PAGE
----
Are we green?
A Fascinating Story of Change from Cattle Ranching to Conservation and Wildlife Observation
Hacienda Barú National Wildlife Refugeaerea1

Hacienda Barú National Wildlife Refuge is an internationally known nature reserve with 345 hectares of protected area, including primary forest, secondary forest, selectively logged tropical wet forest, swamp forest, mangrove estuary, brush land, river bank and seashore. In addition, there are areas of silviculture (tree farming) with many different species of commercially viable timber, fruit orchards and pasture. This wide spectrum of habitats supports an equally large variety of wildlife. The reserve receives income with which to maintain and protect its natural treasure from only two sources: ecological tourism and tree farming.

Hacienda Barú National Wildlife Refuge is a vital, living entity, inextricably connected to its surroundings. It provides all of the physical, esthetic and intellectual benefits that come from a healthy and diverse ecosystem. At the same time it is constantly exposed to threats which can diminish its vitality. With this in mind, the vision is that the refuge always be managed with care, dicipline and the holistic orientation necessary to guarantee the health and biodiversity of its ecosystems, for the benefit the owners as well as their employees and the local communty. In this manner it will guarantee a flow of environmental services and satisfaction not only for the stewards but also for visitors and neighbors.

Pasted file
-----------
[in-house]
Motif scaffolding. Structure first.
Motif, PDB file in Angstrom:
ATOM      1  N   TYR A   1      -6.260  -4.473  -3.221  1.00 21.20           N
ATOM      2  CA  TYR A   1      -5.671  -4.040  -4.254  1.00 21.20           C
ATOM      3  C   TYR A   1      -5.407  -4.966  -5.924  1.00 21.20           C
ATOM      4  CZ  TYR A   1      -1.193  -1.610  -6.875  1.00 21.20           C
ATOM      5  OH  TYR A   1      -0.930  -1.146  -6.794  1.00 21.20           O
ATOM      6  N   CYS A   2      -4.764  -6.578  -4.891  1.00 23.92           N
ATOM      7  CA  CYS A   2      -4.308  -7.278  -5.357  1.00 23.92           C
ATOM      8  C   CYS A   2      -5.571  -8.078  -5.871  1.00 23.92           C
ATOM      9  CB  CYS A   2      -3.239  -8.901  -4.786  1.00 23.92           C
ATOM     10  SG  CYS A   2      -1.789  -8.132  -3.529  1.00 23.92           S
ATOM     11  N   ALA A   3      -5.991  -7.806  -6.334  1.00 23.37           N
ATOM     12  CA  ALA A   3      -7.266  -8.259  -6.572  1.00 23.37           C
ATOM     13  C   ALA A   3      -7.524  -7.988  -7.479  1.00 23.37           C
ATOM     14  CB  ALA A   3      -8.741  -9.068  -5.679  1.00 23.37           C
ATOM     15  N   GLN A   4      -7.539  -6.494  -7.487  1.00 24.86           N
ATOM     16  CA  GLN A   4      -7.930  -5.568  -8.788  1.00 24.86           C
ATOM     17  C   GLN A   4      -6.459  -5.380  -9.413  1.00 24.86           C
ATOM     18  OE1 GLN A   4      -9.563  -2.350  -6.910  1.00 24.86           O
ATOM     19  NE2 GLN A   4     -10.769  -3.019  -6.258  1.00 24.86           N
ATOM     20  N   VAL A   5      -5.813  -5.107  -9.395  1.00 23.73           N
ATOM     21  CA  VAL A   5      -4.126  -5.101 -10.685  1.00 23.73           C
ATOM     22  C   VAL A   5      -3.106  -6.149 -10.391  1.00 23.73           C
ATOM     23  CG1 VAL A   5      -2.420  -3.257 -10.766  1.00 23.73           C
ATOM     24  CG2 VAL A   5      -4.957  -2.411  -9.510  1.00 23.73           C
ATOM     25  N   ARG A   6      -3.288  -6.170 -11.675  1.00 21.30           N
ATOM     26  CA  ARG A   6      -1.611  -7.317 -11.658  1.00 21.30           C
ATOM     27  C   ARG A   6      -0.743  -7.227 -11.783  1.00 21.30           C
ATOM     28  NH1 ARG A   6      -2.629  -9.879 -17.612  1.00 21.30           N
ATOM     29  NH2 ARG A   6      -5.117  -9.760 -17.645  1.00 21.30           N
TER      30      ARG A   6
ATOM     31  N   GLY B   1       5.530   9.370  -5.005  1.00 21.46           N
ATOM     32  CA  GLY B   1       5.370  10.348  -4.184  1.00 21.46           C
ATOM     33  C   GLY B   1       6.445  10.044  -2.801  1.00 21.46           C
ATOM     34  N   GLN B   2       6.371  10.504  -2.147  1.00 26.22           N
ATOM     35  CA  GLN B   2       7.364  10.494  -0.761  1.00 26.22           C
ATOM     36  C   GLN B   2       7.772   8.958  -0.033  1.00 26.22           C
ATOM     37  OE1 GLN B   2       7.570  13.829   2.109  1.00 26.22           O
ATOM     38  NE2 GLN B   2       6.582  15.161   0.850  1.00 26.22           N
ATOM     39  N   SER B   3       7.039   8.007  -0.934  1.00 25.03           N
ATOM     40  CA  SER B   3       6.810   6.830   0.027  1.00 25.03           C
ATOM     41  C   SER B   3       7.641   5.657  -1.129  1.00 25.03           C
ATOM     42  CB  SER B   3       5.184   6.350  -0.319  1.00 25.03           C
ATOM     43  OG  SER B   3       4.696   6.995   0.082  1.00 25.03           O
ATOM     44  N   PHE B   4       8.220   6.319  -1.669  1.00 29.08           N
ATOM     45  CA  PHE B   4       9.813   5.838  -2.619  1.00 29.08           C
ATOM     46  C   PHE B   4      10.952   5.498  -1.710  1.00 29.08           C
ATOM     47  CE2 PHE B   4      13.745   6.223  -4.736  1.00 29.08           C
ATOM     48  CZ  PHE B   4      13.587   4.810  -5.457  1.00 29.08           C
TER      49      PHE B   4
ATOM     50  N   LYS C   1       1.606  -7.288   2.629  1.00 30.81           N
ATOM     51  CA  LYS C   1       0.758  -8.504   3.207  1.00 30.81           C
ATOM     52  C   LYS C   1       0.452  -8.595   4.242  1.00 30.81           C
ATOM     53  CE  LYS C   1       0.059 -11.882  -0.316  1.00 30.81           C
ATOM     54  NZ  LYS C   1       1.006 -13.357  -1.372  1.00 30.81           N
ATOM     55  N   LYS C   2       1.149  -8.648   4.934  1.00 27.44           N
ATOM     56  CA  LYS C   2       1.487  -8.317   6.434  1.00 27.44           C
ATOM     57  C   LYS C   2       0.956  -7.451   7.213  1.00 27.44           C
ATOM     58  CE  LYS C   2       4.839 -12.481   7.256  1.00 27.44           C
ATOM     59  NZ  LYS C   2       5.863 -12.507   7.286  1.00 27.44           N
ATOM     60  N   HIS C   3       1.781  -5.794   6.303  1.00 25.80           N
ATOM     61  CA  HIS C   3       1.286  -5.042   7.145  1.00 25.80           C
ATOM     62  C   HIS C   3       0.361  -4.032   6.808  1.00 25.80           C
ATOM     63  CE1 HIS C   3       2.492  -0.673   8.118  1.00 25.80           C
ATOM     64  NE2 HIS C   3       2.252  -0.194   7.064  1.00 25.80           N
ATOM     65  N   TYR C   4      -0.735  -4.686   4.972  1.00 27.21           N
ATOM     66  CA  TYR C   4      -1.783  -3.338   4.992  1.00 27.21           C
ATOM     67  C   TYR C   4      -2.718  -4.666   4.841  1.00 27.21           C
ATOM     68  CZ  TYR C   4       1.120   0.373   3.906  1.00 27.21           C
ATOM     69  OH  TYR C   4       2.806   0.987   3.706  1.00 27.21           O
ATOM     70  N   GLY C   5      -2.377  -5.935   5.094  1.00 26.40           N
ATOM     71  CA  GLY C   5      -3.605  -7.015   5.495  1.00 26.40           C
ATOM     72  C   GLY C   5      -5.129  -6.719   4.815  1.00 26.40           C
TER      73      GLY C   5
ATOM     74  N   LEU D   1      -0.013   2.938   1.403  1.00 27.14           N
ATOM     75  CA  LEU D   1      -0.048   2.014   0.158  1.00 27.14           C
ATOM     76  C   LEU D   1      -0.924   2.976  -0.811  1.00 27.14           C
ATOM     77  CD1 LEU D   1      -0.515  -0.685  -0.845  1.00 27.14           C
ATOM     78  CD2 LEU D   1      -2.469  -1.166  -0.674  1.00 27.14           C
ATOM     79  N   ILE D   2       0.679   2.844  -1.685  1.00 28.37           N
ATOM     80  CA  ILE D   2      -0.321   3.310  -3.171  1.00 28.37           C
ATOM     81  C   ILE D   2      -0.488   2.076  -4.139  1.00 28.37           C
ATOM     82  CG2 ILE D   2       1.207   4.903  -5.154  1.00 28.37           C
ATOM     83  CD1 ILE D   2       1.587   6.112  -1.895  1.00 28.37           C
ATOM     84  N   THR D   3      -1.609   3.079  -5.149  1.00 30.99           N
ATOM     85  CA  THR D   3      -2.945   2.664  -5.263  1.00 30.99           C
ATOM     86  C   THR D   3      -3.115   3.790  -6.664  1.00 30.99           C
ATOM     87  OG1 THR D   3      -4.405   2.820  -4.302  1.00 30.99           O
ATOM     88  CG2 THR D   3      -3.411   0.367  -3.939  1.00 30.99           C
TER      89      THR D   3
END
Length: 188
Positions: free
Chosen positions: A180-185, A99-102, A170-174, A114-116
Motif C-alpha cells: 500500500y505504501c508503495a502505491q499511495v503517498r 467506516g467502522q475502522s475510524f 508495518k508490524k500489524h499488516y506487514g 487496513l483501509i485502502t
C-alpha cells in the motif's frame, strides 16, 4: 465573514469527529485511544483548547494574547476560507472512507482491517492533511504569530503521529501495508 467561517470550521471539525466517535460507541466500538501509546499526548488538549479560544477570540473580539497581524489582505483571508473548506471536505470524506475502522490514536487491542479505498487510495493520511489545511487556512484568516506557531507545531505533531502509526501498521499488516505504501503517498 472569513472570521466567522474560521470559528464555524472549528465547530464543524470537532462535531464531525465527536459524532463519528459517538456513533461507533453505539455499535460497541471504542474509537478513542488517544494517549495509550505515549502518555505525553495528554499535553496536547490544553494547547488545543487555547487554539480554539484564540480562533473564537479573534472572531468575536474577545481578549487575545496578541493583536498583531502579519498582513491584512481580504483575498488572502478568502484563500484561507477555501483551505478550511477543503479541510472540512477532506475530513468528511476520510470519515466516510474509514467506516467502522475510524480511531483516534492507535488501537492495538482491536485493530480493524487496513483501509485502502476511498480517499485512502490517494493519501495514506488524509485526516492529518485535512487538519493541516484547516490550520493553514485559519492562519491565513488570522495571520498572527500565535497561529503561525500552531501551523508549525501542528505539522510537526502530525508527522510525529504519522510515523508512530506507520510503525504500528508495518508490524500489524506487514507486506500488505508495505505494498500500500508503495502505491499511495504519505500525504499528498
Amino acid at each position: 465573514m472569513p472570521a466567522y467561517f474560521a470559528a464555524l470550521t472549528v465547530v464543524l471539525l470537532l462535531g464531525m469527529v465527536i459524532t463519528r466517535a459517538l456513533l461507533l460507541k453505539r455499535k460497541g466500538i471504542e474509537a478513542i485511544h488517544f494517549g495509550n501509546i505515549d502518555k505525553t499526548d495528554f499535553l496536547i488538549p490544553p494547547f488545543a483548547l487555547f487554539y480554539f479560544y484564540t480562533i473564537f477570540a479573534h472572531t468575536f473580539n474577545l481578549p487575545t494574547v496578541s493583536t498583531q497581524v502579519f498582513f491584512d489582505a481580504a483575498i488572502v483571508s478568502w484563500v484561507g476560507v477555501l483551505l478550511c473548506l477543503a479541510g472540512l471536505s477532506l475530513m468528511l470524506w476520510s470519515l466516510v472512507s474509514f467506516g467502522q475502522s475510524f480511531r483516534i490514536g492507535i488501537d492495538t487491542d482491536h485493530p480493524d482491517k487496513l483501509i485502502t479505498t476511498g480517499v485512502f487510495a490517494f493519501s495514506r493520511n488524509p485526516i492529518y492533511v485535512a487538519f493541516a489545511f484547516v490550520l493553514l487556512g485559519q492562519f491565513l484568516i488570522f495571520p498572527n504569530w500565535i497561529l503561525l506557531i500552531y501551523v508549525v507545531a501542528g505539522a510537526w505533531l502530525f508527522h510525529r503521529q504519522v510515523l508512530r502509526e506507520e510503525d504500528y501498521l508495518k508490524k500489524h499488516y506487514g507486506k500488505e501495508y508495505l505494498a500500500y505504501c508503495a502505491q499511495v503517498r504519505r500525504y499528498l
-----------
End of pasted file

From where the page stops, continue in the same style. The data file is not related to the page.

Hacienda Barú’s mission is to preserve its natural resources and educate visitors about its biological wealth. To support this goal, Hacienda Barú provides ecologically-oriented tours, adventures and tourist services. In carrying out this mission, Hacienda Barú will support scientific research and promote responsible community development.
At the beginning of the 20th century, Hacienda Barú was all virgin jungle. With the first wave of settlers came the destruction of large areas of rain forest. As more people migrated to the area, much more forest was cleared and pasture was planted. In 1972, when the aerial photo below was taken, only the large tract of rainforest on the upper portion of Hacienda Barú and a few scattered forest parcels in the lowlands were left untouched. By then many species of plants and animals had become locally extinct due to deforestation, habitat destruction and poaching. These included mammals such as the jaguar, tapir , white-lipped peccary, harpy eagle and scarlet macaw, and trees such as the manú negro and cedro bateo. The majority of the lowlands were completely deforested and the land was used for rice farming and cattle ranching.  Primary forest remained on the highlands of the property, where it was too steep to farm, and in the mangrove estuary near the mouth of the Barú River, where the salty water wouldn’t support crops or cattle pasture.